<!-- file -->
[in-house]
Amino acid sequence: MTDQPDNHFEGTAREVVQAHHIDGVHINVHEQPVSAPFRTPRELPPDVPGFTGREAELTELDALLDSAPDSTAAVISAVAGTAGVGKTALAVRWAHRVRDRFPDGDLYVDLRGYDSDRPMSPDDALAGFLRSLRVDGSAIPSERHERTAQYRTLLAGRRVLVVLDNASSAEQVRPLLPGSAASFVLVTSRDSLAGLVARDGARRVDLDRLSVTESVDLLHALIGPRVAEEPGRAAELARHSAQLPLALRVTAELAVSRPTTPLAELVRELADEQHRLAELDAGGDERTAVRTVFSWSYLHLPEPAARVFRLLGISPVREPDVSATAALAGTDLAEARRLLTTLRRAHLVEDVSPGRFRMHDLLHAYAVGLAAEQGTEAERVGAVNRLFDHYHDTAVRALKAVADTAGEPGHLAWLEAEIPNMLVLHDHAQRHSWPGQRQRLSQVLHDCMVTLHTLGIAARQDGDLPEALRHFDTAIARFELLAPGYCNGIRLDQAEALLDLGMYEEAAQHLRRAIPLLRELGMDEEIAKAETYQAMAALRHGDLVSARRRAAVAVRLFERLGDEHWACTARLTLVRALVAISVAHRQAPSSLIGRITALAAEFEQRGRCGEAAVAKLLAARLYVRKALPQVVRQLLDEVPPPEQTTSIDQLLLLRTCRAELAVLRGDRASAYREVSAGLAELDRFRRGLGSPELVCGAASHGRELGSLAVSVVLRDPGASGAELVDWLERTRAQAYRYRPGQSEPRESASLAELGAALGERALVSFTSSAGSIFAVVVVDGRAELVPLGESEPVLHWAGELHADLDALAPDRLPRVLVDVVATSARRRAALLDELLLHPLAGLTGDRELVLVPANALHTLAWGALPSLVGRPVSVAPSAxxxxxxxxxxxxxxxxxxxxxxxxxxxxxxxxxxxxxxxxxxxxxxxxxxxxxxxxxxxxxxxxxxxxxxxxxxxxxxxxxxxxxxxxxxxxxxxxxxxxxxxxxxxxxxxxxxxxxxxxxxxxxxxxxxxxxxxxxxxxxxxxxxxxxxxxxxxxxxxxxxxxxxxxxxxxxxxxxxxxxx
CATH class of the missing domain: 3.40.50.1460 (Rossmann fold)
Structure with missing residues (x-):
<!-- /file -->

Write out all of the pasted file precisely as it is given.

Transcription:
[in-house]
Amino acid sequence: MTDQPDNHFEGTAREVVQAHHIDGVHINVHEQPVSAPFRTPRELPPDVPGFTGREAELTELDALLDSAPDSTAAVISAVAGTAGVGKTALAVRWAHRVRDRFPDGDLYVDLRGYDSDRPMSPDDALAGFLRSLRVDGSAIPSERHERTAQYRTLLAGRRVLVVLDNASSAEQVRPLLPGSAASFVLVTSRDSLAGLVARDGARRVDLDRLSVTESVDLLHALIGPRVAEEPGRAAELARHSAQLPLALRVTAELAVSRPTTPLAELVRELADEQHRLAELDAGGDERTAVRTVFSWSYLHLPEPAARVFRLLGISPVREPDVSATAALAGTDLAEARRLLTTLRRAHLVEDVSPGRFRMHDLLHAYAVGLAAEQGTEAERVGAVNRLFDHYHDTAVRALKAVADTAGEPGHLAWLEAEIPNMLVLHDHAQRHSWPGQRQRLSQVLHDCMVTLHTLGIAARQDGDLPEALRHFDTAIARFELLAPGYCNGIRLDQAEALLDLGMYEEAAQHLRRAIPLLRELGMDEEIAKAETYQAMAALRHGDLVSARRRAAVAVRLFERLGDEHWACTARLTLVRALVAISVAHRQAPSSLIGRITALAAEFEQRGRCGEAAVAKLLAARLYVRKALPQVVRQLLDEVPPPEQTTSIDQLLLLRTCRAELAVLRGDRASAYREVSAGLAELDRFRRGLGSPELVCGAASHGRELGSLAVSVVLRDPGASGAELVDWLERTRAQAYRYRPGQSEPRESASLAELGAALGERALVSFTSSAGSIFAVVVVDGRAELVPLGESEPVLHWAGELHADLDALAPDRLPRVLVDVVATSARRRAALLDELLLHPLAGLTGDRELVLVPANALHTLAWGALPSLVGRPVSVAPSAxxxxxxxxxxxxxxxxxxxxxxxxxxxxxxxxxxxxxxxxxxxxxxxxxxxxxxxxxxxxxxxxxxxxxxxxxxxxxxxxxxxxxxxxxxxxxxxxxxxxxxxxxxxxxxxxxxxxxxxxxxxxxxxxxxxxxxxxxxxxxxxxxxxxxxxxxxxxxxxxxxxxxxxxxxxxxxxxxxxxxx
CATH class of the missing domain: 3.40.50.1460 (Rossmann fold)
Structure with missing residues (x-):